Our tour guide Skip was waiting for us at the entrance of the Phillip & Patricia Frost Museum of Science. 

The first question he asked us was if we knew the difference between POISON and VENOM? I said I sure did, (personal experience), I was bitten by a Brown Recluse a few years back.   After a few curious stares, we were off to see “The POWER OF POISON” in the HSIAO Family Special Exhibition Gallery.

The exhibit is fascinating and will no doubt teach visitors how interconnected we all are with many different kinds of poisons. The actual exhibition is beautifully presented with laser lighting, background sounds and dynamic hands-on demos that will explore and teach guests a multitude of science topics.  KIDS will love this show.

There are of course the expected poisons found in spiders and snakes.  Then there are the lesser known poisons in some jelly fish and plants.  But the surprising ones are the poisons found on the pages of some of our favorite children’s books such as Snow White and Harry Potter. Meander around and take a peek at the live poisonous and venomous species, including the poison dart frog, a tarantula and some very venomous snakes.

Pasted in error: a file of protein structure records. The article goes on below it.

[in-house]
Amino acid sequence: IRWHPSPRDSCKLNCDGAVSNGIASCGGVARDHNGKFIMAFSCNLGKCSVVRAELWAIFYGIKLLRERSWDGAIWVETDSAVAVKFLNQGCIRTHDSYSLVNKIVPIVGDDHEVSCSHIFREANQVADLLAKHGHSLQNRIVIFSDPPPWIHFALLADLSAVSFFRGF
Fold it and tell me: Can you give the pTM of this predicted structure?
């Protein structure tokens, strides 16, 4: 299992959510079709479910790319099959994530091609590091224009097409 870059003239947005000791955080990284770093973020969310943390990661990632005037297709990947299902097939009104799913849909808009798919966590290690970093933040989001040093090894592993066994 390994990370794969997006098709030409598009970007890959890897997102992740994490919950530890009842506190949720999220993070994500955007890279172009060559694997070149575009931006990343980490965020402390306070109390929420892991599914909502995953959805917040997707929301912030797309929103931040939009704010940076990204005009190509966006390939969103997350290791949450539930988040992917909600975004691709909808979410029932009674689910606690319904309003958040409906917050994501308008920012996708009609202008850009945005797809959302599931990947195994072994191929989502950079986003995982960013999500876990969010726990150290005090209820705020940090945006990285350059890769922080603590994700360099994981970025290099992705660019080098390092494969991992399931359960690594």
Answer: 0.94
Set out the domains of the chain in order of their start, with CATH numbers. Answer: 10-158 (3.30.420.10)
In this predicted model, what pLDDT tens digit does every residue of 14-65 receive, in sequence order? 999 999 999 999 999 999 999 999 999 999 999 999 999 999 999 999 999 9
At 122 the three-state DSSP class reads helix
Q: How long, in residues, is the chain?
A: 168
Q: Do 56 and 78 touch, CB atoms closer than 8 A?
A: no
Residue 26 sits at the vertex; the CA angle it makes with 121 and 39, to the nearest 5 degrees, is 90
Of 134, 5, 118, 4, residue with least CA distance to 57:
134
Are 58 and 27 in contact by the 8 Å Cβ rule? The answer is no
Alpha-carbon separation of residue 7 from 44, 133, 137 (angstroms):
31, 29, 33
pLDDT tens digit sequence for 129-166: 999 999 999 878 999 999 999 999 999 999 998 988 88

On the Deep Level of the Aquarium, guests will get to see the toxic creatures that lurk in dark waters such as moon jellies, spotted lagoon jellies and Japanese sea netties. Then climb to the Rooftop Level and visit the monarch butterflies and their poisonous meals of choice: milkweed. 

Expect to spend the day discovering the wonders of the oceans.  There is a patio restaurant on the premises for a light bite.  Then sit down in the 250-seat Planetarium and check out the 16 million-color, 3-D 8K visual system. Mind boggling.

I highly recommend this amazing experience for the whole family.  It’s informative, creative and visually mesmerizing.  Oh and don’t forget to check out the spectacular views of Miami, the Arena and the Port on the upper floors of the Frost.

It is on view through September 3rd 2018. The Frost is located at 1101 Biscayne Blvd., Miami Fl. 33132.  Additional information: frostscience.org or call 305 434.9600.